Marx contests in the Fragment on Machines that technology is an invariable metamorphosis of labour – the power behind capital’s veil – “whose culmination is the machine…set in motion by an automaton, a moving power that moves itself”. Straddling the dialectic of labour and capital, the machine “appears, then, as the most adequate form of fixed capital”. Technology (machinic process) is indivisible from socio-cultural and economic currents to the extent that Marx states “what holds for machinery holds likewise for the combination of human activities and the development of human intercourse” (the latter of which preoccupies the science fiction of Ballard to absolute excess).
The nature of this relationship is put well by Mackay and Avanessian: “[the machine system] is, however, inseparable from a certain metamorphosis of the human, embedded in a system that is at once social, epistemic (depending on the scientific understanding and control of nature), and technological…[man’s connection to production] is mediated by a ramified, accumulated objective social apparatus through the communication, technological embodiment, replication and enhancement of skills”. It is technology by this definition and these functions that produces, in the works of Ballard and Gibson, various pathologies; morbid symptoms.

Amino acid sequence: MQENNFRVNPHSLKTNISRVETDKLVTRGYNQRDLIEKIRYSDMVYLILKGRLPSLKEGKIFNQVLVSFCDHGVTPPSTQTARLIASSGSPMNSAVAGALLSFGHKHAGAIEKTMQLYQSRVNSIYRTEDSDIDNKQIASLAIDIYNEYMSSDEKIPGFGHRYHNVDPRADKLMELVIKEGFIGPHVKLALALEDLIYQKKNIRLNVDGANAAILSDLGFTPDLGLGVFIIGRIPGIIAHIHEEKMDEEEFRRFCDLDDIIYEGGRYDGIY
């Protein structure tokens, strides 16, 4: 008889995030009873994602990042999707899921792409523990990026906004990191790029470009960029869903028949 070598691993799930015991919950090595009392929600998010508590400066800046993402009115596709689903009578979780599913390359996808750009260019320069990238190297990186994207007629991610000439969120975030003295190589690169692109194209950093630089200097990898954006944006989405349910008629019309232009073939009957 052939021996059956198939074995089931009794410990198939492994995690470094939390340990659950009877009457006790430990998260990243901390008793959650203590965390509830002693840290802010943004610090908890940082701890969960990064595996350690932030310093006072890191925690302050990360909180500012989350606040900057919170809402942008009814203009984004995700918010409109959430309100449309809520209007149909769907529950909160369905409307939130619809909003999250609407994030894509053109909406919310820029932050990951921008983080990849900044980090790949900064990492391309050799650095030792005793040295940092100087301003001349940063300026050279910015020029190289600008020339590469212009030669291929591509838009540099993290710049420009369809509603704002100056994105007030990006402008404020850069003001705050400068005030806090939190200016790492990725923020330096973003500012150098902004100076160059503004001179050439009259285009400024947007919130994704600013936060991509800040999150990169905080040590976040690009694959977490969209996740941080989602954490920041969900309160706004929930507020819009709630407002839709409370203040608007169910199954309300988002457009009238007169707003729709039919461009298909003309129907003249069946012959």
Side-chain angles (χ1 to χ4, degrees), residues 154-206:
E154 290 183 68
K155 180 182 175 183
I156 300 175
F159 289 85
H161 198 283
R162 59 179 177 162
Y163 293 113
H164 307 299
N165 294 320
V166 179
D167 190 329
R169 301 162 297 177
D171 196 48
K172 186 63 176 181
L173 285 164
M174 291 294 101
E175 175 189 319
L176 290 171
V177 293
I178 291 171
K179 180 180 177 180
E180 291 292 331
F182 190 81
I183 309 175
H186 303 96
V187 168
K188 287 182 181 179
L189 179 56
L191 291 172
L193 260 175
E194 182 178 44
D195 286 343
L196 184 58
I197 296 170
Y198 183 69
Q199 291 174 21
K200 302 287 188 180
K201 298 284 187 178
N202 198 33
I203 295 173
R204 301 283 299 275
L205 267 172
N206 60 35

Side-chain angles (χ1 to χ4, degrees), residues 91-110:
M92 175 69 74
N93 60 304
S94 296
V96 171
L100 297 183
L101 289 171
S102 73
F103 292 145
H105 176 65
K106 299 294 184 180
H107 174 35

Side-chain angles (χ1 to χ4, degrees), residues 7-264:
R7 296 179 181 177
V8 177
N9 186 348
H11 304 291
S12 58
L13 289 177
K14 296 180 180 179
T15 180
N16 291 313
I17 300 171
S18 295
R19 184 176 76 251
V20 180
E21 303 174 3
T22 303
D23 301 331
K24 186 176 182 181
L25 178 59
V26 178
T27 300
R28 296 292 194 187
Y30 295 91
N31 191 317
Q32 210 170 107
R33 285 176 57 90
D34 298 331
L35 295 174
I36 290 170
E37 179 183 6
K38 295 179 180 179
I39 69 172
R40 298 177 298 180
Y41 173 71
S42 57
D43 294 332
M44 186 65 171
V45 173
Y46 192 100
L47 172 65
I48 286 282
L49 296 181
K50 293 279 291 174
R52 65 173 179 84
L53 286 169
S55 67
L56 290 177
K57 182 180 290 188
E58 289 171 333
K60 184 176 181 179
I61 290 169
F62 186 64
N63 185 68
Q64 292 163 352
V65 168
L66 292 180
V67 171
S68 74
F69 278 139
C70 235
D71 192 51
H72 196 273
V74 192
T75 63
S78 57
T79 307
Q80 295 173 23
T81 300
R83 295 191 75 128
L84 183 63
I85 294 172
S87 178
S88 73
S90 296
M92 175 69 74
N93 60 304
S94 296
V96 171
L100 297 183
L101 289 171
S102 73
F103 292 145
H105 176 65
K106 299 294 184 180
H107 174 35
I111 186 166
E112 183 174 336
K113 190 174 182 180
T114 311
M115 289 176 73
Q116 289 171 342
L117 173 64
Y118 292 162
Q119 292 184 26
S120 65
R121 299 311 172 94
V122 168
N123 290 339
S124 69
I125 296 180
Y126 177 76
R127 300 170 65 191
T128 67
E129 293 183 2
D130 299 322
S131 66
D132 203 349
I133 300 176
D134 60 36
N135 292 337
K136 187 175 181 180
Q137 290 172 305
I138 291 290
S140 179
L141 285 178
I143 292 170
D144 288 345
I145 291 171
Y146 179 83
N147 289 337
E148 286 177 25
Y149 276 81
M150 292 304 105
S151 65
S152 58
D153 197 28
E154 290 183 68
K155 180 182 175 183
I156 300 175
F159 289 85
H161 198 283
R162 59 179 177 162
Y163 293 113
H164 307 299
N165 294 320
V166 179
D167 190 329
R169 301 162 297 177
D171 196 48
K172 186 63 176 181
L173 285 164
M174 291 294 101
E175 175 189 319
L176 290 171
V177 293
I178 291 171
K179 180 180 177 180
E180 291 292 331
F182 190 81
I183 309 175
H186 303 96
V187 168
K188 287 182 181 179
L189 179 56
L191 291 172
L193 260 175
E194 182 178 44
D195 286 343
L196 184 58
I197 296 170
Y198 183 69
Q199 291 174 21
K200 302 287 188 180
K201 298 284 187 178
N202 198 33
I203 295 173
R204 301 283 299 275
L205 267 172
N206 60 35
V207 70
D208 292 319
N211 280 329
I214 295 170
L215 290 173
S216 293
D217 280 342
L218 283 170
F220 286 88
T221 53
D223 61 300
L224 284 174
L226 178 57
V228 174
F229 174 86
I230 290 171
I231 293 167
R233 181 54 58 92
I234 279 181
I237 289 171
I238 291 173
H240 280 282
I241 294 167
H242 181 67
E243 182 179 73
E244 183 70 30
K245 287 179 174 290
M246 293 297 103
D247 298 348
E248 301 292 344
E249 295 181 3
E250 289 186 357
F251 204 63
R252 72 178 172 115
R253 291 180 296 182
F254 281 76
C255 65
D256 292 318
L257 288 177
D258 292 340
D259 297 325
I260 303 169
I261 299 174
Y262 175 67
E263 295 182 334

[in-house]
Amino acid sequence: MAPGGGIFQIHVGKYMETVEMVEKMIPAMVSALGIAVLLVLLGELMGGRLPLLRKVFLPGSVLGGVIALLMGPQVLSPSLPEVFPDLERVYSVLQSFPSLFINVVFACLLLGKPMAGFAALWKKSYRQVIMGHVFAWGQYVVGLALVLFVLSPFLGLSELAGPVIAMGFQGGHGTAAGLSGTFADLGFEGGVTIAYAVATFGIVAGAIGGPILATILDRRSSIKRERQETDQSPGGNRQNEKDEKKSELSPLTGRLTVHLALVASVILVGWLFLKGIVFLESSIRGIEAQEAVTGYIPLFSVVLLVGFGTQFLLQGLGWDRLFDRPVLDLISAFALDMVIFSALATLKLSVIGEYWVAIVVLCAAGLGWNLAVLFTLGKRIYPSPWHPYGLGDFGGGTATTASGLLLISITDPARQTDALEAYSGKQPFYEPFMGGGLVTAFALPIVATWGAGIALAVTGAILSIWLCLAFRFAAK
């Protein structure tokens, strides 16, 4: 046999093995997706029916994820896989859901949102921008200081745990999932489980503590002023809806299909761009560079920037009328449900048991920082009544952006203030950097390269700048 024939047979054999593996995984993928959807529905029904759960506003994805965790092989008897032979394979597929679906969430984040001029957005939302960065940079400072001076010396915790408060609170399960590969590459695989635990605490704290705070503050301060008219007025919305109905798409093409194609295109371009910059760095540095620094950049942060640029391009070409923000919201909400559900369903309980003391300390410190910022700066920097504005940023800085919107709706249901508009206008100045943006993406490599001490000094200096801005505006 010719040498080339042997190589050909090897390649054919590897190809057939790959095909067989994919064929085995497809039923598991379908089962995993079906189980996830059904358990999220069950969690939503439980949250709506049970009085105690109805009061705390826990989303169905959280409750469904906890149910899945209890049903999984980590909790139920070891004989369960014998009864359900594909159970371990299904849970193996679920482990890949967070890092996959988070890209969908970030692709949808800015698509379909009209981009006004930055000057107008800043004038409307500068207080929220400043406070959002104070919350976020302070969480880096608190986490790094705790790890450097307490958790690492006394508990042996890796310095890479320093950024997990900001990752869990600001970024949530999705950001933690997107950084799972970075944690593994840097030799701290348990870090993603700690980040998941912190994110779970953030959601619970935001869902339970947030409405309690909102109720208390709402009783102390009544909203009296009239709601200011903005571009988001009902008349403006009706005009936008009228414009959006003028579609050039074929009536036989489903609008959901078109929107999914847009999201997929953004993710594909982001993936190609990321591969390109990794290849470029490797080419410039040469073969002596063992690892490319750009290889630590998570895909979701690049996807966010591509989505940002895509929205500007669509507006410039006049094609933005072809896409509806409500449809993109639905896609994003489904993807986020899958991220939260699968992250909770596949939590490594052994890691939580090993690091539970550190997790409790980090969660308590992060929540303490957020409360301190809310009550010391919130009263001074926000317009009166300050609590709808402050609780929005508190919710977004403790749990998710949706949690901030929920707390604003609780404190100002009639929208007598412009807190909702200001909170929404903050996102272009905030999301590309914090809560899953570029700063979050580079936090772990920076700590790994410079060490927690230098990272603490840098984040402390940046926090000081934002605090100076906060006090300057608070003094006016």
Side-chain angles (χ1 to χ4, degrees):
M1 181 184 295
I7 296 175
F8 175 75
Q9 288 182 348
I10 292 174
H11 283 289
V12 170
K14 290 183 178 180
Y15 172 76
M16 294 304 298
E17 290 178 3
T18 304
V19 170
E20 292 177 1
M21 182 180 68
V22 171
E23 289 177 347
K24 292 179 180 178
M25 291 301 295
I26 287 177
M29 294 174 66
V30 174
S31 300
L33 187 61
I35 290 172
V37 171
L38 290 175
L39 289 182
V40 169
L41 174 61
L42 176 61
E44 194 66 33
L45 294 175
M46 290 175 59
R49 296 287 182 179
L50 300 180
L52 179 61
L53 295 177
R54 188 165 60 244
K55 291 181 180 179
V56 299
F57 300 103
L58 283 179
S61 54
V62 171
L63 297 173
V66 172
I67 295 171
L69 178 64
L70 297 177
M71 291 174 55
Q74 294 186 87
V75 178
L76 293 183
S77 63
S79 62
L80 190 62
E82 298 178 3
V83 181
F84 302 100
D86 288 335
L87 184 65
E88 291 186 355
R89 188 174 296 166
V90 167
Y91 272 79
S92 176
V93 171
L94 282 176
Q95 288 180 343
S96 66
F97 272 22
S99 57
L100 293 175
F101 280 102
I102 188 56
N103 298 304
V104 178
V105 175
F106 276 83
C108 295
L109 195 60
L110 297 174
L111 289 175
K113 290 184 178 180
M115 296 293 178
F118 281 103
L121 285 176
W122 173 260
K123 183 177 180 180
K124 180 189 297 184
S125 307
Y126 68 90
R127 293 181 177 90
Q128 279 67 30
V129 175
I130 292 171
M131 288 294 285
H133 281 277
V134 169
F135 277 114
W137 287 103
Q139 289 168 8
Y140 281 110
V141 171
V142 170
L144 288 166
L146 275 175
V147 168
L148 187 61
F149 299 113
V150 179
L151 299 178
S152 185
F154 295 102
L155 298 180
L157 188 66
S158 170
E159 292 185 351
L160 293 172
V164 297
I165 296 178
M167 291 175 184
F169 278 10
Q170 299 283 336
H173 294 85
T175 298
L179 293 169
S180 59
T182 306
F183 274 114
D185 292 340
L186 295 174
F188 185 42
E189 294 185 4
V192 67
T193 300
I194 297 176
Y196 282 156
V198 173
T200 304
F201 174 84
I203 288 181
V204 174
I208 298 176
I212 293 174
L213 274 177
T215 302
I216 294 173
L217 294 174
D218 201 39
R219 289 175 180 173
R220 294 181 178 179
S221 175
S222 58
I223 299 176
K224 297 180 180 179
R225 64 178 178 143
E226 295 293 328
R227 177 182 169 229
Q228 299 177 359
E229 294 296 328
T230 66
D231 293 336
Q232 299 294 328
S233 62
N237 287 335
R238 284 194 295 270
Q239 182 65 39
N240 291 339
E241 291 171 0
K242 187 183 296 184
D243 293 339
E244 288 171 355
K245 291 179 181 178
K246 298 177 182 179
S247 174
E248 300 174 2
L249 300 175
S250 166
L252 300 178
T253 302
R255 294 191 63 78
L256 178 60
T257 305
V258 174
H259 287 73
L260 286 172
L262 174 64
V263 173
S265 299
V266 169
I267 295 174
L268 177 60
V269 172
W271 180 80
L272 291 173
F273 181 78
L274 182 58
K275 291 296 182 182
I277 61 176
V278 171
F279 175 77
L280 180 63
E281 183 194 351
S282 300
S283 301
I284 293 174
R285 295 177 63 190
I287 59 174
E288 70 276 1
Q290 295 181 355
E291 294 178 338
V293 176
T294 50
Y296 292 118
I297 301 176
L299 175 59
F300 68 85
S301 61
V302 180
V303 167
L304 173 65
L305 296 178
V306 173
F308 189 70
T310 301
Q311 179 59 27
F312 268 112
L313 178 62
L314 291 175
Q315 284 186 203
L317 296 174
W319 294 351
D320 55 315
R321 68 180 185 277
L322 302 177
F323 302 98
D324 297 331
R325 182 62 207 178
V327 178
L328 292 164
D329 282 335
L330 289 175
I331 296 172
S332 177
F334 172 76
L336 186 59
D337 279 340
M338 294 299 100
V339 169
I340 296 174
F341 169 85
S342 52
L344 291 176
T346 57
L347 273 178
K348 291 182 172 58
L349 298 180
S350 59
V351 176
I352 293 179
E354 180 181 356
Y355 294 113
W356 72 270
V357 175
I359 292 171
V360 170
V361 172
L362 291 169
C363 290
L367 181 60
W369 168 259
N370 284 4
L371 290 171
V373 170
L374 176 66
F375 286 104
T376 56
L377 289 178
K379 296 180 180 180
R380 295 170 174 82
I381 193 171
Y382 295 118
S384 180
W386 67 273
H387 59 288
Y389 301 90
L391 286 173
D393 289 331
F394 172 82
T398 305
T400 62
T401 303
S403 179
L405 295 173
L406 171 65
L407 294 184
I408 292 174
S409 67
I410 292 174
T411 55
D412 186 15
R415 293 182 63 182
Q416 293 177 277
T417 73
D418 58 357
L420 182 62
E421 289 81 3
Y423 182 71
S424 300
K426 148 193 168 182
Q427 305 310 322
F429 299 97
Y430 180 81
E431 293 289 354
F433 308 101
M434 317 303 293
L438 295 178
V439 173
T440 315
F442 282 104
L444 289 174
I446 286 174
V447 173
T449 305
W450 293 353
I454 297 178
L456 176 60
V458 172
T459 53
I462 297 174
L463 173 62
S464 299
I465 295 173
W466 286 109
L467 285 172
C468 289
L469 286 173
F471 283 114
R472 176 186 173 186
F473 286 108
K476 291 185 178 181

Ballard’s work can be sorted quite neatly into several ‘waves’, of which we will be discussing the second most of all: the first wave contained his more traditional SF novels, all written in the 1960s, which feature the Earth beset by a different ecological catastrophe every time (first submerged, then scorched, then encased in an odd crystalline substance that consumes all before it); the second wave his ‘experimental’ novels, which most explicitly display the ‘Ballardian’ preoccupation with the intersection of sex, death, violence and technology – orgiastic flows of semen and engine coolant play out under the shadow of motorway flyovers, mangled dashboards puncture ecstatic bodies, urban landscapes stoke human assemblages into a distinctly modern form of savagery – and the spectre at the feast, visible to the reader, is what Mackay and Avanessian call the “machine system”, a synonym, really, for technological proc(-gr-)ess, the engine which produces the cars that Ballard’s characters crash, or copulate inside, the cement formed into urban freeways, concrete islands and phallic high-rise dwellings, the television screens via which images of the Kennedy assassination and My Lai are consumed. Technology as machine system penetrates human culture and perforates it like a dashboard strewn with machine-gun fire.